Apple makes some excellent products, specifically the Macintosh hardware/software and the iPod. But not everything that Apple makes is great, and not everything that Apple does is wise.
Specifically, Apple has laid two noteworthy product eggs recently: the Apple TV and the iPod Hi-Fi. In fact, a quick search for the Apple iPod Hi-Fi (pictured) at the online Apple Store was unsuccessful. Perhaps it’s been quietly discontinued, and so we’ll say not more about it. As far as Apple TV, I’ll refer you to “The iFlop,” a well-written article by Forbes’ Scott Woolley.
However, that’s peanuts compared to the big mistake. As Apple reinvents itself more as a consumer-electronics company every day, it’s missing a tremendous opportunity to sell computers to enterprises, and take market share away from Microsoft.
I hang out with software developers, IT professionals, business owners and managers. Because of what I do for a living, even in non-business conversations we start talking about computers.
Many people I meet express frustration with their desktop and notebook PCs – especially with Windows Vista. If they see me with my MacBook Pro, a very significant percentage of them express envy, and either admit sadness that they’re not allowed to switch to a Mac, or ask me how viable such a move would be.
The number of computer professionals and “civilians” who talk about a virus problems, crashes and so-on, and then say, “But you wouldn’t know about that, since you use a Mac,” grows all the time.
You would think that, given the massive industry pushback against Microsoft, specifically around Windows Vista, that Apple would be out there touting the Mac.
• You’d see them talk about how well the Mac works in a heterogeneous business – especially with the advent of Web 2.0-based browser apps, the classic issue of application availability is much less of an impediment to adoption.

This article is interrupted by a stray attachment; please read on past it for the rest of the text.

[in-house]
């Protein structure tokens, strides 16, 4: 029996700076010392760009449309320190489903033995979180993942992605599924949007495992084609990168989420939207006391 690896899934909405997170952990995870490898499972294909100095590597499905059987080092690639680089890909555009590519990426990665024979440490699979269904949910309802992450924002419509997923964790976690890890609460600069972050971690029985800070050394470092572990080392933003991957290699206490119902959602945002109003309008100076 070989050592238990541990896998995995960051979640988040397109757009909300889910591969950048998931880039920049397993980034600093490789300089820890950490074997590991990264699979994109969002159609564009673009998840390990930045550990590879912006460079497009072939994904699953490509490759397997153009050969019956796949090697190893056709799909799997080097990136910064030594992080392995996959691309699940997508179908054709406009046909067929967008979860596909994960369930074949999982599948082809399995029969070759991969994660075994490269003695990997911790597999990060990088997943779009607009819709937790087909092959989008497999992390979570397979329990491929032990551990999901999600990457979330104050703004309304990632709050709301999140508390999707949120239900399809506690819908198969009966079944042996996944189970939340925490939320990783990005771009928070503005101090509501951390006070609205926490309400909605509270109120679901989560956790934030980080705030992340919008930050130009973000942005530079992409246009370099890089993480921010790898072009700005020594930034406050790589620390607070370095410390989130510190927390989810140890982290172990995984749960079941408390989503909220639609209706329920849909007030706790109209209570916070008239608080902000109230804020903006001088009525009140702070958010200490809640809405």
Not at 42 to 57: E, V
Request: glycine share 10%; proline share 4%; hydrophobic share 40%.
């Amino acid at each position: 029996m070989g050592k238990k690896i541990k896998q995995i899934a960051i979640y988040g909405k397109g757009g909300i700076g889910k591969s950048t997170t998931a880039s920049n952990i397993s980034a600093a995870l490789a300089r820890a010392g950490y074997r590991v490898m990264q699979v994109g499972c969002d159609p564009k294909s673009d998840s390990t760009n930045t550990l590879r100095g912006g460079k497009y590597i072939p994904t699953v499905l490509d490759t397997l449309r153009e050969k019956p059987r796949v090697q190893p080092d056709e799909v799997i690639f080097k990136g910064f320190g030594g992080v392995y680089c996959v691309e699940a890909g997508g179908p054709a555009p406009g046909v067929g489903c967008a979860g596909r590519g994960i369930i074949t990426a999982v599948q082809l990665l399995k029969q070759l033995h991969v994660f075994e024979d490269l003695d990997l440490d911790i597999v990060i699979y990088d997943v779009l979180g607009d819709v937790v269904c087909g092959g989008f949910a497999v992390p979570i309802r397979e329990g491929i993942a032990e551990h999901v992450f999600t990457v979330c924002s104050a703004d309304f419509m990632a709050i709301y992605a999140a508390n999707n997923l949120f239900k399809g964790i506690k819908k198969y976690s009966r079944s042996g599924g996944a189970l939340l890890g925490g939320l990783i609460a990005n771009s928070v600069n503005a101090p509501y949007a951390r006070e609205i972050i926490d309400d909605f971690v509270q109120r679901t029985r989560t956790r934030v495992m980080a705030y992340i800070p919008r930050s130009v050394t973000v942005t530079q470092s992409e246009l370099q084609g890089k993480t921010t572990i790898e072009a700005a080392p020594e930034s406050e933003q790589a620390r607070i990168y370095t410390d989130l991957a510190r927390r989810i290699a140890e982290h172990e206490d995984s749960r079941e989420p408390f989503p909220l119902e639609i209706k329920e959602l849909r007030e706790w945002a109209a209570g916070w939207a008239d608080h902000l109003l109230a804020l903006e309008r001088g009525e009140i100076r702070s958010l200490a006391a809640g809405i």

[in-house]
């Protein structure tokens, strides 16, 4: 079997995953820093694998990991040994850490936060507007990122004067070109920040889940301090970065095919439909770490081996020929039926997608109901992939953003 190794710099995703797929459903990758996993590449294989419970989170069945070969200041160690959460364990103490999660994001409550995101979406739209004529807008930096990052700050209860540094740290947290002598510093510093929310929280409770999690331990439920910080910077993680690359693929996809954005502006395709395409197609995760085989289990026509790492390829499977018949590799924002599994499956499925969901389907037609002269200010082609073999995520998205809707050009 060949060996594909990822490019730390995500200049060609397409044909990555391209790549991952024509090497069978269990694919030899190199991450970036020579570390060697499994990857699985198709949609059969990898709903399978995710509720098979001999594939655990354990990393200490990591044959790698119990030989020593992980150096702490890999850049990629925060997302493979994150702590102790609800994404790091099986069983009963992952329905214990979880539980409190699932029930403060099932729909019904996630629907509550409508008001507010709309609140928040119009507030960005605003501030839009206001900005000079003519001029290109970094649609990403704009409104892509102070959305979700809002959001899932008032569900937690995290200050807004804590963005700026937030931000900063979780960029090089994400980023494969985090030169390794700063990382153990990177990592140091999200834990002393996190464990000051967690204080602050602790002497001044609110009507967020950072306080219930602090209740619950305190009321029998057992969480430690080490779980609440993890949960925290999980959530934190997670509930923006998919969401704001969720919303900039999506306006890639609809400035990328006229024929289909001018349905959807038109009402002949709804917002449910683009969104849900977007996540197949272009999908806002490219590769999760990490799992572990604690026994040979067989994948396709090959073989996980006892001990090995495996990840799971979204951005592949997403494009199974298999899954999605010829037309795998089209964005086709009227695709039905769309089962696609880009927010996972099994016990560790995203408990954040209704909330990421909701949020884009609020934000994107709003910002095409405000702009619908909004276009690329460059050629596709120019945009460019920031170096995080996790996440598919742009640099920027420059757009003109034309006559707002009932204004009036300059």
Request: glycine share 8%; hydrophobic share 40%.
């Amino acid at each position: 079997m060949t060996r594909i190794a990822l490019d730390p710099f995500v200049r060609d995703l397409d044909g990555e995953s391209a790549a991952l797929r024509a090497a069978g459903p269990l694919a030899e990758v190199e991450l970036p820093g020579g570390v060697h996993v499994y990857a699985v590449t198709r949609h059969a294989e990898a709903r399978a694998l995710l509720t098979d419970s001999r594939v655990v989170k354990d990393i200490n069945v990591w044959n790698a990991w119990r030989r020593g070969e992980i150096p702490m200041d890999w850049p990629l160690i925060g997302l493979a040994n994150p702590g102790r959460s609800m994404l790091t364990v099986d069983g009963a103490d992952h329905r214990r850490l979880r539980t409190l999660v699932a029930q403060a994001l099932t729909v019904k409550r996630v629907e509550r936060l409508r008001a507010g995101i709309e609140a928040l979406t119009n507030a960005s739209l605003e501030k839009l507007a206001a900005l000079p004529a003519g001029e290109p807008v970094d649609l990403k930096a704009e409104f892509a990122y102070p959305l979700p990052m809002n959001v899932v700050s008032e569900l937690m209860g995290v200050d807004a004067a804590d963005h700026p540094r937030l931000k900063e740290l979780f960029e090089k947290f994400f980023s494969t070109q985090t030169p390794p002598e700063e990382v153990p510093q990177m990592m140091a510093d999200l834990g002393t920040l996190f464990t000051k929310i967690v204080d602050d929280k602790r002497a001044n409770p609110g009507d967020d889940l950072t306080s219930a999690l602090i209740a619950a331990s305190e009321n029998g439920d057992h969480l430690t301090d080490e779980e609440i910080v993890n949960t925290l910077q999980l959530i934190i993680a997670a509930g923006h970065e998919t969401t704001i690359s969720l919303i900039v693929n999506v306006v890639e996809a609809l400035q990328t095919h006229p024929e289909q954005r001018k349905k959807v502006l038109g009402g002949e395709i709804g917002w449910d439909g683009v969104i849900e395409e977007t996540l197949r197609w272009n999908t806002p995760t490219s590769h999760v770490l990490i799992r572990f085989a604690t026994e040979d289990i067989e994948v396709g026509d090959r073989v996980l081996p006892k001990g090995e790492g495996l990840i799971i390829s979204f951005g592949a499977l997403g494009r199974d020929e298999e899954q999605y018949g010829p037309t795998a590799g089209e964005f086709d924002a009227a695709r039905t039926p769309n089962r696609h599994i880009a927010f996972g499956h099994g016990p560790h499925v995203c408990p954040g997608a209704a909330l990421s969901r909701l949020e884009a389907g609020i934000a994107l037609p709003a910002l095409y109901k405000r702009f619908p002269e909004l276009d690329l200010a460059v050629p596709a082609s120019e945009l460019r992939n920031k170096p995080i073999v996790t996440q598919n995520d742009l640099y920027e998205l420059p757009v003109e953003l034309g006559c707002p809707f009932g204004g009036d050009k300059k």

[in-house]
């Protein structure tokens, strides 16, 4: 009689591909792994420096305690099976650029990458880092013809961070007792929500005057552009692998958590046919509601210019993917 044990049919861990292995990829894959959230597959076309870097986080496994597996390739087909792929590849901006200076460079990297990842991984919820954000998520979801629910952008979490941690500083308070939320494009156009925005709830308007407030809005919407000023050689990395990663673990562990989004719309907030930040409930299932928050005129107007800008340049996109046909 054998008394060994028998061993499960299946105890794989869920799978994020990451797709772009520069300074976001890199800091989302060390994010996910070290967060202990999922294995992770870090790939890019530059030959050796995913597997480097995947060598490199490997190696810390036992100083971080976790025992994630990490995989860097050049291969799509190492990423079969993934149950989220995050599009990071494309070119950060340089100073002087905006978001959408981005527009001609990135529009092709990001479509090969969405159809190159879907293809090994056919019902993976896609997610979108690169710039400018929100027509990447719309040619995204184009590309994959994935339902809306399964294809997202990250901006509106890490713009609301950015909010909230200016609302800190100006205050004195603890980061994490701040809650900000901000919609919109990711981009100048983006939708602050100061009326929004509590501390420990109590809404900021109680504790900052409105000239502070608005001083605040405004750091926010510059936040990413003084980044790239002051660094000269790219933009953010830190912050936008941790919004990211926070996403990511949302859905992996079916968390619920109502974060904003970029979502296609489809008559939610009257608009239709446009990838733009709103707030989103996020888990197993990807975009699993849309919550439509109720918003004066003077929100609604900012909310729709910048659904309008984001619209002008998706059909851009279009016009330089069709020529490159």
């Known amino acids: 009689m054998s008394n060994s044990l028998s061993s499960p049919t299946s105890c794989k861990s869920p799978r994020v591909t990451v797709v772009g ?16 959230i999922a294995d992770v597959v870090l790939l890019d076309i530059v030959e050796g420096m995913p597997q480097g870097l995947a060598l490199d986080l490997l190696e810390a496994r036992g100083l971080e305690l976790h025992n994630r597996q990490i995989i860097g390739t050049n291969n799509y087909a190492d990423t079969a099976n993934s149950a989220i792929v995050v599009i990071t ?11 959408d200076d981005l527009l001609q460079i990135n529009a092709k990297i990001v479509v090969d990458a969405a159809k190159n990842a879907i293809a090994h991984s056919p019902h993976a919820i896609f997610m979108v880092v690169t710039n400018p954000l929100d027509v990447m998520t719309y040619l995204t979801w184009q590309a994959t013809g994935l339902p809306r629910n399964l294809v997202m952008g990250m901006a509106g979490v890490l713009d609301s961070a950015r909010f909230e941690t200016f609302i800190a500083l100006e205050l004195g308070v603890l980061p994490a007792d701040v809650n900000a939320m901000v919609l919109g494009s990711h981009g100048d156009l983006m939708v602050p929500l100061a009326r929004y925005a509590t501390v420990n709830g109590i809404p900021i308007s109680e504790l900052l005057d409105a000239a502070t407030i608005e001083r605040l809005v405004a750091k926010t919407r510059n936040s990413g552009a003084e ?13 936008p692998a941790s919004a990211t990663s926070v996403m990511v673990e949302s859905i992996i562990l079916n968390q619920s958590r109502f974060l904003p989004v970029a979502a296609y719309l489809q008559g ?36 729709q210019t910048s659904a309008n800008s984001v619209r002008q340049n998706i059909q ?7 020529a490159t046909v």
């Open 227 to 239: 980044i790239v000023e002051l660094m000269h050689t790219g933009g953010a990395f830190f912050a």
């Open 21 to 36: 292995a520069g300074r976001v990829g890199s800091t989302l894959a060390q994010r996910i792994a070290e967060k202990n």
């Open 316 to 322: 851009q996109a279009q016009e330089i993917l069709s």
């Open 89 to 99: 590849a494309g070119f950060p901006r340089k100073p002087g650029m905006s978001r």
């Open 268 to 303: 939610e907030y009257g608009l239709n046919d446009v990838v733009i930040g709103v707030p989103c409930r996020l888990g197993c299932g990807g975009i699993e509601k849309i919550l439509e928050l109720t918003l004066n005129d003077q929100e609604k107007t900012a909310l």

• You’d see them trying to get small business VARs and service providers certified on on the Mac. Trying to find consultants who can help with Mac business issues is incredibly difficult.
• You’d see them talk about the Xserve sometime, maybe.
• You’d see them talk about how well their Mail application works with Exchange, or the Microsoft Office interoperability features of the iWork suite.
• You’d see them tout total-cost-of-ownership studies from Gartner or Forrester.
• You’d see Apple’s PR department chatting up business-technology reporters, not just consumer tech and entertainment writers.
• You’d see big ad campaigns in business publications promoting the Mac as the business platform of the future. It’d cost a fraction of what Apple spends on TV advertising for iPod and iPhone.
• Closer to my own area, you’d see the folks from Apple talking about their development tools to us at SD Times, and to others in the development press.
Yes, Apple does have a business message. But they don’t say it very often, or very loudly. What a missed opportunity. Even there, they focus exclusively on small business. What about the enterprise market? Lawyers carrying MacBooks are great. How about Fortune 1000 desktops?
It astonishes me. We hear from Microsoft and the PC makers about their enterprise platforms all the time. If I see something from Apple, it’s almost certainly about the iPod, or iTunes, or iPhone. (I did receive a press release from Apple recently about the Mac — about how there are some new EA games now available.) When the latest iMacs were released, there wasn’t a single word about they’d fit into an enterprise computing environment, or why IT professionals should consider them instead of Windows Vista boxes.
Certainly there’s progress. Apple cites a study from AMI:
According to the latest study from Access Markets International (AMI) Partners, Inc., Apple’s year-over-year market share jumped over 100% for desktop PCs and notebooks. In the medium business segment (100-999 employees), Apple’s desktop PC market share soared from 13% to 27%, while notebook PC shares grew from 8% to 18% in the medium business segment (100-999 employees). Similarly, in the small business (1 to 99 employees) market, Apple grew its desktop PC market share from 7% to 12%, and expanded its share of the notebook PC market from 5% to 8%.
Imagine what results they might have if they actually pushed the business message, and really capitalized on all that Microsoft pushback.
Z Trek Copyright (c) Alan Zeichick